Given the success of products like GoPro, I focused my first field test on just one of the features of GLASS, its camera. Findings: voice command is the future of taking photos and video, and GLASS makes it so easy. The camera does well in low light but does not like bright areas with spot lights. When GLASS photos are compared to those taken with cell phones like the Samsung Galaxy S5, the GLASS photos fall way short. And it takes some time to learn how GLASS frames the picture, the projected window does not always represent what the final shot will capture. But these are issues that are easy to fix and I expect the consumer model to be on a par with cell phone cameras. Movies are limited to seconds to conserve battery power. That is also an issue time and advancements will fix.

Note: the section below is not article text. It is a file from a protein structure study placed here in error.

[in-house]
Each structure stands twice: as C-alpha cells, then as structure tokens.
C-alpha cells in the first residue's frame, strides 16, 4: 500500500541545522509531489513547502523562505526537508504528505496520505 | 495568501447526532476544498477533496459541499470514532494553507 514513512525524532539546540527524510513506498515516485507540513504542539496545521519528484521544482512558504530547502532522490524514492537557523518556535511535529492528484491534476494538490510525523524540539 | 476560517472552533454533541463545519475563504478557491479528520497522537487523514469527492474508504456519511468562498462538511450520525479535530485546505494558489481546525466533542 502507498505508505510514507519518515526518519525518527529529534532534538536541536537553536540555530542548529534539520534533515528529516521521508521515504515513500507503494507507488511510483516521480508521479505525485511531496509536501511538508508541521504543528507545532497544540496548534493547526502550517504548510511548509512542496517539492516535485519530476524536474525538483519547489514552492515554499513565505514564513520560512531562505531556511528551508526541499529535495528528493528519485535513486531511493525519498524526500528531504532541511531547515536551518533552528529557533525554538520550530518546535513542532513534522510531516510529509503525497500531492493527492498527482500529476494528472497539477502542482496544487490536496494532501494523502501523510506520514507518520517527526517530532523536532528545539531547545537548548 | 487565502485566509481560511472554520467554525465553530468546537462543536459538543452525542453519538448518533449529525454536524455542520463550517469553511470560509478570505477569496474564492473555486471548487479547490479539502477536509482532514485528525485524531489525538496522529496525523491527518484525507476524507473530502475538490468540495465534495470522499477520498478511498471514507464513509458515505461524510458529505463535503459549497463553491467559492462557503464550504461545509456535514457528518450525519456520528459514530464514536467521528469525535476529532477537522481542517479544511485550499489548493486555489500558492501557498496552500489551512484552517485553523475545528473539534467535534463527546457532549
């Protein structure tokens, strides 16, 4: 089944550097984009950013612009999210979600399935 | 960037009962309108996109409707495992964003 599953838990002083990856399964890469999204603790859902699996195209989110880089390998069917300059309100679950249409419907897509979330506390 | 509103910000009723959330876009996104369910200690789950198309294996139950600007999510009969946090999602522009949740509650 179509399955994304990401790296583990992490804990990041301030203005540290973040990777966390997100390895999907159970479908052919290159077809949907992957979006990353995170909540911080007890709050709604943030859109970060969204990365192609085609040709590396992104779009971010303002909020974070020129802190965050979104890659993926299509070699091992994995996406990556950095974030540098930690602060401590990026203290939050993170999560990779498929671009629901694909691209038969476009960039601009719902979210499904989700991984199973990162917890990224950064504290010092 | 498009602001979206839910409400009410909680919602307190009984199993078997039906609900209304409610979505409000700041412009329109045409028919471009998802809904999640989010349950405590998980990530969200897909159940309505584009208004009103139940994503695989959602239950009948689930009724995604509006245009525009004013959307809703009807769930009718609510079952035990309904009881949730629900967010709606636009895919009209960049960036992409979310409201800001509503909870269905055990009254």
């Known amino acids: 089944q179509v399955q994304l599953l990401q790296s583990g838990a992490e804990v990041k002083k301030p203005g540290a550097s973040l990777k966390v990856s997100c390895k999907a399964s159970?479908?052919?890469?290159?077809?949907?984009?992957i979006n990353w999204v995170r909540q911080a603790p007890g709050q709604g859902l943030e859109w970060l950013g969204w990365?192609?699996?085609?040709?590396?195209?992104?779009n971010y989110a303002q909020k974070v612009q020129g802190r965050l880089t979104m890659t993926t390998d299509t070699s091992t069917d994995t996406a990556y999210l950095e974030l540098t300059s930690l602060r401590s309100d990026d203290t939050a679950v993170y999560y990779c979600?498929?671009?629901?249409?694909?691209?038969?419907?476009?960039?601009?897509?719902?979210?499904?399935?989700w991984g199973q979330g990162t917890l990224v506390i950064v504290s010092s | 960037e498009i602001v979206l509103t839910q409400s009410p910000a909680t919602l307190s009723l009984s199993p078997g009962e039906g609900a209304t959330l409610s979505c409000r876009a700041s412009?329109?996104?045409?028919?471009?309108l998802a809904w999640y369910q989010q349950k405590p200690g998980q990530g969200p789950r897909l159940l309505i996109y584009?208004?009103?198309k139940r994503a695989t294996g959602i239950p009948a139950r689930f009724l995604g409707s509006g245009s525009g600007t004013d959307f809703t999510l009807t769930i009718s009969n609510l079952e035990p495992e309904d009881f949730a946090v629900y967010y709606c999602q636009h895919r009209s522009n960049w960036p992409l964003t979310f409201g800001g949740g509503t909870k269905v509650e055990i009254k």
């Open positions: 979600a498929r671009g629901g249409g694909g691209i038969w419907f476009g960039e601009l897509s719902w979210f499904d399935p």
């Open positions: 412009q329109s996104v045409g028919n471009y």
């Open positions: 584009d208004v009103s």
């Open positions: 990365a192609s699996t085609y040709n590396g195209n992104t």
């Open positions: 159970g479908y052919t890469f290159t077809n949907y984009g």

We put our Google Glass Explorer Edition through its paces at COMIC-CON and have an exclusive report on how well it performed at the popular event. It was difficult to walk ten feet without attracting questions or hearing someone say “he’s wearing Google Glass,” as if I had a real light-saber strapped to my side. At the Warner Brothers booth a few stars from the "Originals" looked up from signing autographs and also took note of the glass.
General observations after constant use over several days: